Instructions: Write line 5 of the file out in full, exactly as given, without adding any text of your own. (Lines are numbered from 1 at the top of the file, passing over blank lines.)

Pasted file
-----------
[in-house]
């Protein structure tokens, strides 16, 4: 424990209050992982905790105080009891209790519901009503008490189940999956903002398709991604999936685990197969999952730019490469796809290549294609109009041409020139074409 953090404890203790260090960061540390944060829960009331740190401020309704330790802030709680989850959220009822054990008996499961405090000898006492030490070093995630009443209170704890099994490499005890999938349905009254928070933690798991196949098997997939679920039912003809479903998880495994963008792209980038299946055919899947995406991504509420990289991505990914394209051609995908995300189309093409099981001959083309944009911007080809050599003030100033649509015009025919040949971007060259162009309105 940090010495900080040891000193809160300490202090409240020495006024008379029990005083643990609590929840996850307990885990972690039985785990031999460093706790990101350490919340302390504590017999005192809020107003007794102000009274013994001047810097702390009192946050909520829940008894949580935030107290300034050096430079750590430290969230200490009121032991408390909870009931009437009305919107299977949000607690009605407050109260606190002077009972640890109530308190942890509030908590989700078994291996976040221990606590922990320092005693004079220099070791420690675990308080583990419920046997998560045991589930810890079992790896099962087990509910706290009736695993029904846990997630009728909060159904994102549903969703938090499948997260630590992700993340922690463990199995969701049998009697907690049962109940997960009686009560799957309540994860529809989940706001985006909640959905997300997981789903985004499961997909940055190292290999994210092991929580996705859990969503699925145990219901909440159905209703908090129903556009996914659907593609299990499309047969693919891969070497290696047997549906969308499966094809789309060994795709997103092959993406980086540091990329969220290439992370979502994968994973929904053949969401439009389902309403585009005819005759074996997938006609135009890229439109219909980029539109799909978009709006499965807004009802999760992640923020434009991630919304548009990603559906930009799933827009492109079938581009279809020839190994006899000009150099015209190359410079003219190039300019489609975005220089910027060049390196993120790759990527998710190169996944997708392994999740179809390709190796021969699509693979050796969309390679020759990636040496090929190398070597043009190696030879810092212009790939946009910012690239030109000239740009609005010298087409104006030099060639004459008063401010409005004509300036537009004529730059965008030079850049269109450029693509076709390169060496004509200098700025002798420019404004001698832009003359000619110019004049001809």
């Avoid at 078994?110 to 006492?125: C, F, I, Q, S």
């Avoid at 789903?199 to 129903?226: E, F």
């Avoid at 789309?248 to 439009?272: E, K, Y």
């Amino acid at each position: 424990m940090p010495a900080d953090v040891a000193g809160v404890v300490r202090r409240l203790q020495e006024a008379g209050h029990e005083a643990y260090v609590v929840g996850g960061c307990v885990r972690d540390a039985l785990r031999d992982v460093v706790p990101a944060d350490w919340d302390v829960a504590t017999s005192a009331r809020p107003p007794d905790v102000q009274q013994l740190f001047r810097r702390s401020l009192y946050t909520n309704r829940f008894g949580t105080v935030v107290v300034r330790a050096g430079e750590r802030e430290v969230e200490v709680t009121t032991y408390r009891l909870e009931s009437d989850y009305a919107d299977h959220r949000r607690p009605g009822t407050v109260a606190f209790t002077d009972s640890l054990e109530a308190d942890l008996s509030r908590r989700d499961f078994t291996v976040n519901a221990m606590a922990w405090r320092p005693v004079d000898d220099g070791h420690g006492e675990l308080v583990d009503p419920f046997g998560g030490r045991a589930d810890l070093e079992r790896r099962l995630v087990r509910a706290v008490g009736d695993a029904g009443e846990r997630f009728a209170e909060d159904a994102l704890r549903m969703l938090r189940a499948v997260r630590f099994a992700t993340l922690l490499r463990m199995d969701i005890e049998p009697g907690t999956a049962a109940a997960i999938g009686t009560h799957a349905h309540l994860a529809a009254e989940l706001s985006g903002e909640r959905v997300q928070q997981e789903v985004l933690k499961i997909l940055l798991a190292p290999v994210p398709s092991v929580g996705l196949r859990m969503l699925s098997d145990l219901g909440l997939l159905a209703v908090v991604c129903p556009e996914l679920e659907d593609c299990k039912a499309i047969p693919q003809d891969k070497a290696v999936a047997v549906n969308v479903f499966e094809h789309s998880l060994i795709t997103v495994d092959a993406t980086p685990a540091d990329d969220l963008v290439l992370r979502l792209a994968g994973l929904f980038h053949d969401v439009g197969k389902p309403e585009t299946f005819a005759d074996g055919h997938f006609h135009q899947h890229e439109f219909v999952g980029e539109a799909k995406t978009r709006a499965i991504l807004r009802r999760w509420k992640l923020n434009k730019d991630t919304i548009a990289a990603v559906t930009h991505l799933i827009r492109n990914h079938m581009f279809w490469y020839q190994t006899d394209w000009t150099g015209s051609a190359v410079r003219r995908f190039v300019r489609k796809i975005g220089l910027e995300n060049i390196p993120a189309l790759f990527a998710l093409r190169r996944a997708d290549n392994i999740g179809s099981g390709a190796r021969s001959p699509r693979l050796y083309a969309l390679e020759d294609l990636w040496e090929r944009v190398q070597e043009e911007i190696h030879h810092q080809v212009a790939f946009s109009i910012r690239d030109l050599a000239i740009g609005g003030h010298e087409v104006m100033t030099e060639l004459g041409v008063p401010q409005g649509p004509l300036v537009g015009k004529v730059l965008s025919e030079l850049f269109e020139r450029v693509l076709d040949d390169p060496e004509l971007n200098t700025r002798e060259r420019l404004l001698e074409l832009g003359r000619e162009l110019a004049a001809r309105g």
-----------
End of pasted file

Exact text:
């Avoid at 789309?248 to 439009?272: E, K, Y």